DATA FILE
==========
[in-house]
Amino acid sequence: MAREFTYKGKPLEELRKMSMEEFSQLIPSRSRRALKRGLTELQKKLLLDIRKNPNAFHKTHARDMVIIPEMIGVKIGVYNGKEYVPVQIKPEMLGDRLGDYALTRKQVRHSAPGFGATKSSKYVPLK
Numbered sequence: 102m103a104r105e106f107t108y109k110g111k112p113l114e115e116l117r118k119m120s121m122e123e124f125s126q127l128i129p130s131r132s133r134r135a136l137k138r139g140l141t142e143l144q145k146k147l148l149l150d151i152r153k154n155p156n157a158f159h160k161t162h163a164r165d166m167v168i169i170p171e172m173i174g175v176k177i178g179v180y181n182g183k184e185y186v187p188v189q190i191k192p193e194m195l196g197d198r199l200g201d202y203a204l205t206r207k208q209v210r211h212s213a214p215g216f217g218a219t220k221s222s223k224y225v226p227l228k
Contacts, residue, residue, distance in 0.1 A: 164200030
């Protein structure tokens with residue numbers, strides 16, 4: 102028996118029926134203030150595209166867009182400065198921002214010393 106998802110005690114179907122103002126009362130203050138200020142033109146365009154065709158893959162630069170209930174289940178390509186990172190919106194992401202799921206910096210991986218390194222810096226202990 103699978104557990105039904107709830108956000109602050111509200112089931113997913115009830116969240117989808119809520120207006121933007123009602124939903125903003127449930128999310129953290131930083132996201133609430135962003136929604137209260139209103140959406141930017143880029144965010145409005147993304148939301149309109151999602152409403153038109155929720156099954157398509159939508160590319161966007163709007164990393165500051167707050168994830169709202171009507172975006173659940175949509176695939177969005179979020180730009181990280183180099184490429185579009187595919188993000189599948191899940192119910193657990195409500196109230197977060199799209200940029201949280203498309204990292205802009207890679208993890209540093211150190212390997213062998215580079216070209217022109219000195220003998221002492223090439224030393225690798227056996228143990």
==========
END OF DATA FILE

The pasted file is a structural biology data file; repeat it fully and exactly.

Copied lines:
[in-house]
Amino acid sequence: MAREFTYKGKPLEELRKMSMEEFSQLIPSRSRRALKRGLTELQKKLLLDIRKNPNAFHKTHARDMVIIPEMIGVKIGVYNGKEYVPVQIKPEMLGDRLGDYALTRKQVRHSAPGFGATKSSKYVPLK
Numbered sequence: 102m103a104r105e106f107t108y109k110g111k112p113l114e115e116l117r118k119m120s121m122e123e124f125s126q127l128i129p130s131r132s133r134r135a136l137k138r139g140l141t142e143l144q145k146k147l148l149l150d151i152r153k154n155p156n157a158f159h160k161t162h163a164r165d166m167v168i169i170p171e172m173i174g175v176k177i178g179v180y181n182g183k184e185y186v187p188v189q190i191k192p193e194m195l196g197d198r199l200g201d202y203a204l205t206r207k208q209v210r211h212s213a214p215g216f217g218a219t220k221s222s223k224y225v226p227l228k
Contacts, residue, residue, distance in 0.1 A: 164200030
């Protein structure tokens with residue numbers, strides 16, 4: 102028996118029926134203030150595209166867009182400065198921002214010393 106998802110005690114179907122103002126009362130203050138200020142033109146365009154065709158893959162630069170209930174289940178390509186990172190919106194992401202799921206910096210991986218390194222810096226202990 103699978104557990105039904107709830108956000109602050111509200112089931113997913115009830116969240117989808119809520120207006121933007123009602124939903125903003127449930128999310129953290131930083132996201133609430135962003136929604137209260139209103140959406141930017143880029144965010145409005147993304148939301149309109151999602152409403153038109155929720156099954157398509159939508160590319161966007163709007164990393165500051167707050168994830169709202171009507172975006173659940175949509176695939177969005179979020180730009181990280183180099184490429185579009187595919188993000189599948191899940192119910193657990195409500196109230197977060199799209200940029201949280203498309204990292205802009207890679208993890209540093211150190212390997213062998215580079216070209217022109219000195220003998221002492223090439224030393225690798227056996228143990």